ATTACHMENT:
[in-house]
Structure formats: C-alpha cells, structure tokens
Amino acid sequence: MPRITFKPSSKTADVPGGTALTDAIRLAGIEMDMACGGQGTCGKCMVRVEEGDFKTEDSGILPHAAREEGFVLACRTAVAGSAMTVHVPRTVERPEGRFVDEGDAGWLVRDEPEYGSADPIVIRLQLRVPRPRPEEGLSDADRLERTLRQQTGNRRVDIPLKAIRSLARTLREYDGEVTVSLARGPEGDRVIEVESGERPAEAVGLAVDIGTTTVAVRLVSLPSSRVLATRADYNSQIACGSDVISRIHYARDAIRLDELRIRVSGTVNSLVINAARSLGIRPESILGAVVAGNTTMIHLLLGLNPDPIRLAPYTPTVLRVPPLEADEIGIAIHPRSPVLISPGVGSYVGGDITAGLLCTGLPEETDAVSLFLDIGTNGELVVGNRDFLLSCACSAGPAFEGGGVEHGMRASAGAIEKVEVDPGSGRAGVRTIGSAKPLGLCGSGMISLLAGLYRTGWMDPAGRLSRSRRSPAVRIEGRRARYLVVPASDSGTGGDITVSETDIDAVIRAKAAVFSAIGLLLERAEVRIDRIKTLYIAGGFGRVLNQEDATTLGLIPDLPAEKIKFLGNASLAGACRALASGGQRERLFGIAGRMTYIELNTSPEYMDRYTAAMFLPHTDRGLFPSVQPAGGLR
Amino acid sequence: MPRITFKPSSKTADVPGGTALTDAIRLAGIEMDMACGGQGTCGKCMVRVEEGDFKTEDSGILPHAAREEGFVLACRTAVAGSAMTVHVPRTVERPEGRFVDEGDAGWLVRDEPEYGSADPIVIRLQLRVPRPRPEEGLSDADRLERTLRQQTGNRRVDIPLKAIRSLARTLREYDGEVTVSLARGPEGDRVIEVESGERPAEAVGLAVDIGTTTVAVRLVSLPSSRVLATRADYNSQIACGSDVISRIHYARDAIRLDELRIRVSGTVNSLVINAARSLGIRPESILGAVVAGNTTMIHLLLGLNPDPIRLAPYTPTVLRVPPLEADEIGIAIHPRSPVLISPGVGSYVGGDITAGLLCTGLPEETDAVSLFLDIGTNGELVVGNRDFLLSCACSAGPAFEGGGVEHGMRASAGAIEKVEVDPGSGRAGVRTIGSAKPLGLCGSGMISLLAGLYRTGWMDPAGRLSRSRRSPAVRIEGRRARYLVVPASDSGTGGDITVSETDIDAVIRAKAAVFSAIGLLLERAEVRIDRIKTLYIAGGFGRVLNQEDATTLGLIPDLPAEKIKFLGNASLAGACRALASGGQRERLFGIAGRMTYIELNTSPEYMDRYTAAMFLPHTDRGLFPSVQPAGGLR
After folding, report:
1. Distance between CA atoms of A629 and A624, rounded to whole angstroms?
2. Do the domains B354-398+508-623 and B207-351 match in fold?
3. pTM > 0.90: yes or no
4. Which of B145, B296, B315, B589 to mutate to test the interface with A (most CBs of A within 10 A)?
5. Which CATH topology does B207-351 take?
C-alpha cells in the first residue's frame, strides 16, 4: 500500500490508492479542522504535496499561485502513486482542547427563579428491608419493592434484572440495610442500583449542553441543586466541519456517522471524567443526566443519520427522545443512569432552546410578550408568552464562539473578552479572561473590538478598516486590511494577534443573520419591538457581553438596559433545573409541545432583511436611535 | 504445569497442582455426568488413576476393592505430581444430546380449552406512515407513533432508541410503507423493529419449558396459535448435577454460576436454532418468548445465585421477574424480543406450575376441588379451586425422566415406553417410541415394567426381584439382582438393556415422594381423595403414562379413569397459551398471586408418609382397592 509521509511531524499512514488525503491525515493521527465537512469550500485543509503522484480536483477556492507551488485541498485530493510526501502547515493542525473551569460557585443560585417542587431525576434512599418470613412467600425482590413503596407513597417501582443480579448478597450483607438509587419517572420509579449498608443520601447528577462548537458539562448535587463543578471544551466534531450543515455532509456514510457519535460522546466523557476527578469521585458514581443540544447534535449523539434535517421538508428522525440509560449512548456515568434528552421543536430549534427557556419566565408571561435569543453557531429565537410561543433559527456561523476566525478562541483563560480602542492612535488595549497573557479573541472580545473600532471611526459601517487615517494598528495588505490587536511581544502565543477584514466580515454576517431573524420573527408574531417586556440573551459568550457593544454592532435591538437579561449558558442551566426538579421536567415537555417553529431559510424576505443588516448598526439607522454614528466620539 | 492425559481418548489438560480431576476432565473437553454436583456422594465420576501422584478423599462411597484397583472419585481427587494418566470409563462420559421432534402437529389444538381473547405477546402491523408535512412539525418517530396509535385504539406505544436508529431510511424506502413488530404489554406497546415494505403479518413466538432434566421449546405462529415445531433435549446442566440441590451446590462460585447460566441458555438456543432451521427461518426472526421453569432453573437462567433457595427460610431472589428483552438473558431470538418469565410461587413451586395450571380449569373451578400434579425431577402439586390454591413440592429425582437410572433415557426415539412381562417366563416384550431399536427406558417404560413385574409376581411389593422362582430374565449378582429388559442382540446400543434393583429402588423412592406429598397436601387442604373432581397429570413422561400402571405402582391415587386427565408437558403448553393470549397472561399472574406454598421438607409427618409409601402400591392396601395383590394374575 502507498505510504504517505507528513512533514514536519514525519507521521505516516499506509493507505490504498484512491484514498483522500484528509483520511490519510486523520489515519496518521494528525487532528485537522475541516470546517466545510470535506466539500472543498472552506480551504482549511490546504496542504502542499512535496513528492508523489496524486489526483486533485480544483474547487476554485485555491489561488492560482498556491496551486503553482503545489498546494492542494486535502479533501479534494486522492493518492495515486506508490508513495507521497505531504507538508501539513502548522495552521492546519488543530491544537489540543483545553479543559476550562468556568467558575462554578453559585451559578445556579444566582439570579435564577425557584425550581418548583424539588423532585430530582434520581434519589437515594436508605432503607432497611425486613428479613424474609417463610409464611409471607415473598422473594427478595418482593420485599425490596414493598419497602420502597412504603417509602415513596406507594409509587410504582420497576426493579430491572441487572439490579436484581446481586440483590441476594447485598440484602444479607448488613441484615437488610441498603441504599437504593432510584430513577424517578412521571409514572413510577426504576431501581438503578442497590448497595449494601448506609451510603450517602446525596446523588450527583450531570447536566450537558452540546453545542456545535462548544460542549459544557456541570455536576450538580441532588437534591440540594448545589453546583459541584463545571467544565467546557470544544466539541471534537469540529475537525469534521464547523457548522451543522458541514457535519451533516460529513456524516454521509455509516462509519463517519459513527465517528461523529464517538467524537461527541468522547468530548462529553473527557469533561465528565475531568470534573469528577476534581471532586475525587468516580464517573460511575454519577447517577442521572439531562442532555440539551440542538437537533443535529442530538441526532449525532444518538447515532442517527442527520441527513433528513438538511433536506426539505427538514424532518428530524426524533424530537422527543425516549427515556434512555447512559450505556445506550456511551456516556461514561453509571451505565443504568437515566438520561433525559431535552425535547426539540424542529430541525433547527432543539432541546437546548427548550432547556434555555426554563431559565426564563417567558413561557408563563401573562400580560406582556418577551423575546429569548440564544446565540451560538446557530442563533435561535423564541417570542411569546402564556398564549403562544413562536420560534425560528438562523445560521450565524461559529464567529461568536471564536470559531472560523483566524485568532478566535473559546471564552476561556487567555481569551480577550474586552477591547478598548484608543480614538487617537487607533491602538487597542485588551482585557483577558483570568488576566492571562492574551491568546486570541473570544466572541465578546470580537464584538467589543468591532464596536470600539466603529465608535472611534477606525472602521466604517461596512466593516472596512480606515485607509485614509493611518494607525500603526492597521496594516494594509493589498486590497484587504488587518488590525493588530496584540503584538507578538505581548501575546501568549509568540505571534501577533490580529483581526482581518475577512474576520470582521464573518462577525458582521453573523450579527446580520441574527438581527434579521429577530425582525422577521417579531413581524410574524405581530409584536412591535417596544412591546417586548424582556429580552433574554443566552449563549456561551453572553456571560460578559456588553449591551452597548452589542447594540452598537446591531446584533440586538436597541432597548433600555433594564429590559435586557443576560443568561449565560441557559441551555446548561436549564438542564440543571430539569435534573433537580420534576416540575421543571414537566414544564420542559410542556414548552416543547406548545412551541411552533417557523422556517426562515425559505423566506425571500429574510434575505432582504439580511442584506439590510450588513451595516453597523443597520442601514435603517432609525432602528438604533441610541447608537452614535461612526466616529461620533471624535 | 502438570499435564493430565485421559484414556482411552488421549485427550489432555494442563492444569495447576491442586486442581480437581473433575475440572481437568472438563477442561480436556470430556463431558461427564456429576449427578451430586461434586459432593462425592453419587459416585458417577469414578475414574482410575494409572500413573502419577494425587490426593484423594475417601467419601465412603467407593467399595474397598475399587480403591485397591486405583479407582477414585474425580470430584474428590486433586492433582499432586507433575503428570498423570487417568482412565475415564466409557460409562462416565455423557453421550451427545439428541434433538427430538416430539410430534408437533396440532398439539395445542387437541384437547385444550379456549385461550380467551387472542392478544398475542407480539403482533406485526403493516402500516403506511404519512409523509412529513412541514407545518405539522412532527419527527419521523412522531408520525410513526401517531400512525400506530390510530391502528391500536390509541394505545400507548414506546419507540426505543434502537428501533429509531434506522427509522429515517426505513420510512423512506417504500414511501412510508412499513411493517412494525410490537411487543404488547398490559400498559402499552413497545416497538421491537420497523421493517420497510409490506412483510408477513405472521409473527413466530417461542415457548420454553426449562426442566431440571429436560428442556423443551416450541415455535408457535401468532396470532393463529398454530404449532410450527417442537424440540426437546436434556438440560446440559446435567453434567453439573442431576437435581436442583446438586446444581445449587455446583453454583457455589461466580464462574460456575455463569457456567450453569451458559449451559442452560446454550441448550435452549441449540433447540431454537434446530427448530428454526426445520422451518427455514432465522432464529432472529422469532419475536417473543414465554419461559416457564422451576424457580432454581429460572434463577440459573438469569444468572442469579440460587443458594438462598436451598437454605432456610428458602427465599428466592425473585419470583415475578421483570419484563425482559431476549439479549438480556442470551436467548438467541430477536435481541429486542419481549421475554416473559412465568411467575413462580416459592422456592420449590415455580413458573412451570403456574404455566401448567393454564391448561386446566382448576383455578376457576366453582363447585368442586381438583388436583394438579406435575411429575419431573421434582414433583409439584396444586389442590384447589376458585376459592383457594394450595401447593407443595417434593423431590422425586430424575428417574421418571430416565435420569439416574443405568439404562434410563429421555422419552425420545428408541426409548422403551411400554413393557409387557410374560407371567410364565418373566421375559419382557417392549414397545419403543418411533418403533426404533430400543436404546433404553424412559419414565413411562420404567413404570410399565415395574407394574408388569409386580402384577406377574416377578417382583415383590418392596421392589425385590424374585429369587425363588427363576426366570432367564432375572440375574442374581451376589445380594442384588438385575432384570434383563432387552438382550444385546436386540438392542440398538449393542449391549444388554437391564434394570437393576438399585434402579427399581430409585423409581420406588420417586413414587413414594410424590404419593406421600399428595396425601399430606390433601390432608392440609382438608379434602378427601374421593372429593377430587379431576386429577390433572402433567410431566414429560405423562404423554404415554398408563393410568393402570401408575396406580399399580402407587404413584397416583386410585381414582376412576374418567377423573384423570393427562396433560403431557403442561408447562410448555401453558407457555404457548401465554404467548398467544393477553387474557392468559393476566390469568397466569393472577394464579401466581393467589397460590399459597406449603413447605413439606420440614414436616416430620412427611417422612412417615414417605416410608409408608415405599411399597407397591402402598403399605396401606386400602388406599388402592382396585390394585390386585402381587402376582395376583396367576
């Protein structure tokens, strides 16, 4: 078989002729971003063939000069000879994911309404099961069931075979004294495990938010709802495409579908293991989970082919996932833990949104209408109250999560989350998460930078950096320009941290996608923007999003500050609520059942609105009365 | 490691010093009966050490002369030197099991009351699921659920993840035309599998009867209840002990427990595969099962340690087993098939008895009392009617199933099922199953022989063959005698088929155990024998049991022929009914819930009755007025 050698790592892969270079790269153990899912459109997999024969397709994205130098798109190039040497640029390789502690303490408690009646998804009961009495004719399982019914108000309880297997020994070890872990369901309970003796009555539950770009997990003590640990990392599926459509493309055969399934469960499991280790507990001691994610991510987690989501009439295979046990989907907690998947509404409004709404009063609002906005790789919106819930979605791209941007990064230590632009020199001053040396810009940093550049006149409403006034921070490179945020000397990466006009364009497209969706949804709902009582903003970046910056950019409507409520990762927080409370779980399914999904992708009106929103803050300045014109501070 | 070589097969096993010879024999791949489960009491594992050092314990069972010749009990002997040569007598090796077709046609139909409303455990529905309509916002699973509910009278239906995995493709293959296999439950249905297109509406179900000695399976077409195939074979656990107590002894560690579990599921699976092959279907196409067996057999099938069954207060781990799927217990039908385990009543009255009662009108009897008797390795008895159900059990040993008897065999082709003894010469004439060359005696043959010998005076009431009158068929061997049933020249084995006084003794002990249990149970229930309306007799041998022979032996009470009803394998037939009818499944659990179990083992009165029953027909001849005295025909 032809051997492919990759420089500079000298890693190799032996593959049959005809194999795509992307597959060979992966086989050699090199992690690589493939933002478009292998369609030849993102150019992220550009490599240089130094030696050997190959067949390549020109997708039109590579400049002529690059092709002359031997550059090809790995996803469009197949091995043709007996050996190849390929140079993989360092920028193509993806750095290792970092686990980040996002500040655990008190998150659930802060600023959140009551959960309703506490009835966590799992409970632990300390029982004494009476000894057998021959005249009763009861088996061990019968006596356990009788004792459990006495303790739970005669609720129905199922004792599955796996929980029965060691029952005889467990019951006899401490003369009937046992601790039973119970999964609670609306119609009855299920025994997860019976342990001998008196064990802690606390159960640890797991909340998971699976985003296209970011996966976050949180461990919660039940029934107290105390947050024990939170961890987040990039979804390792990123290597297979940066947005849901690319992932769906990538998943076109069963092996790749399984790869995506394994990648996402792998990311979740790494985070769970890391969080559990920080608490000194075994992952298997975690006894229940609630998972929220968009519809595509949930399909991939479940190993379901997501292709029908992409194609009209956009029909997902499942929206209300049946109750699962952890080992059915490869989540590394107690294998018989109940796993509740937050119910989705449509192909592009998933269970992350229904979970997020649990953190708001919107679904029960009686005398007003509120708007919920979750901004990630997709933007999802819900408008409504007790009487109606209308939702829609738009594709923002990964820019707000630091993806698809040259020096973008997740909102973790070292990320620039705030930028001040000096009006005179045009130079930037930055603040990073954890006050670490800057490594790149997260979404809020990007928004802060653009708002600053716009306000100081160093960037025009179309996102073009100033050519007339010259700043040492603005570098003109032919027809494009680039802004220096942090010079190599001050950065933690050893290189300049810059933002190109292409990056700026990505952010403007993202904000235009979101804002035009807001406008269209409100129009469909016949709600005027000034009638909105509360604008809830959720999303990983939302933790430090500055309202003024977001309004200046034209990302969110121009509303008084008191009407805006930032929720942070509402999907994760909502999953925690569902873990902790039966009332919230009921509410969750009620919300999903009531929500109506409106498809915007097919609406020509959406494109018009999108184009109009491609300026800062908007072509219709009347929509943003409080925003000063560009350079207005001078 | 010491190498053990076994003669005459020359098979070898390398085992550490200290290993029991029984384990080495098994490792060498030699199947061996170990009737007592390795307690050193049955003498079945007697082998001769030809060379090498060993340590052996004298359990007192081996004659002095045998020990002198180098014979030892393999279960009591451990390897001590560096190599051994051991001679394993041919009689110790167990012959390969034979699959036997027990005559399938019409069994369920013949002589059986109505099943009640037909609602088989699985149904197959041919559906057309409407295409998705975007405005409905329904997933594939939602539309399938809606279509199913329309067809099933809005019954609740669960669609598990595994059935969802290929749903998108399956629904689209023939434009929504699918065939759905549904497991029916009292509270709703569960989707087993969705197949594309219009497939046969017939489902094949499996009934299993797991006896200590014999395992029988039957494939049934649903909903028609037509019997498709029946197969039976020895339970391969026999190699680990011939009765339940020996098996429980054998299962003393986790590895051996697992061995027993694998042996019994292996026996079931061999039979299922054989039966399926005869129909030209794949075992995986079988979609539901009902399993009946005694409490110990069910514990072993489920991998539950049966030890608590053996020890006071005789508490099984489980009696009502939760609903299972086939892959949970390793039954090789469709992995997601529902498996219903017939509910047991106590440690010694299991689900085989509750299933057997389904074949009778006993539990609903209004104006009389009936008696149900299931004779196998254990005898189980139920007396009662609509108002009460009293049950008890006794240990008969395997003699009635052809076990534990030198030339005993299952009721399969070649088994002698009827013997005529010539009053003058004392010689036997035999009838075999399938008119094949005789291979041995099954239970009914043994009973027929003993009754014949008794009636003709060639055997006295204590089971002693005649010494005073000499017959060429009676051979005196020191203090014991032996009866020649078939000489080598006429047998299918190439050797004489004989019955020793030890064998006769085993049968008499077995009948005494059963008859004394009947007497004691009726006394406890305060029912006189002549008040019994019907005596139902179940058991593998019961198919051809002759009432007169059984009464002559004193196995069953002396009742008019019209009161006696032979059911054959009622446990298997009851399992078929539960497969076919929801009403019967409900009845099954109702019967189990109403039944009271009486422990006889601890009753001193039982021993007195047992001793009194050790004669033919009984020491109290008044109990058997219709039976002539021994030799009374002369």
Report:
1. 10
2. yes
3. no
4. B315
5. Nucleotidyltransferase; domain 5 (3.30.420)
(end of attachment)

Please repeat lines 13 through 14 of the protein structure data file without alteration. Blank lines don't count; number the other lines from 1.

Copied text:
Report:
1. 10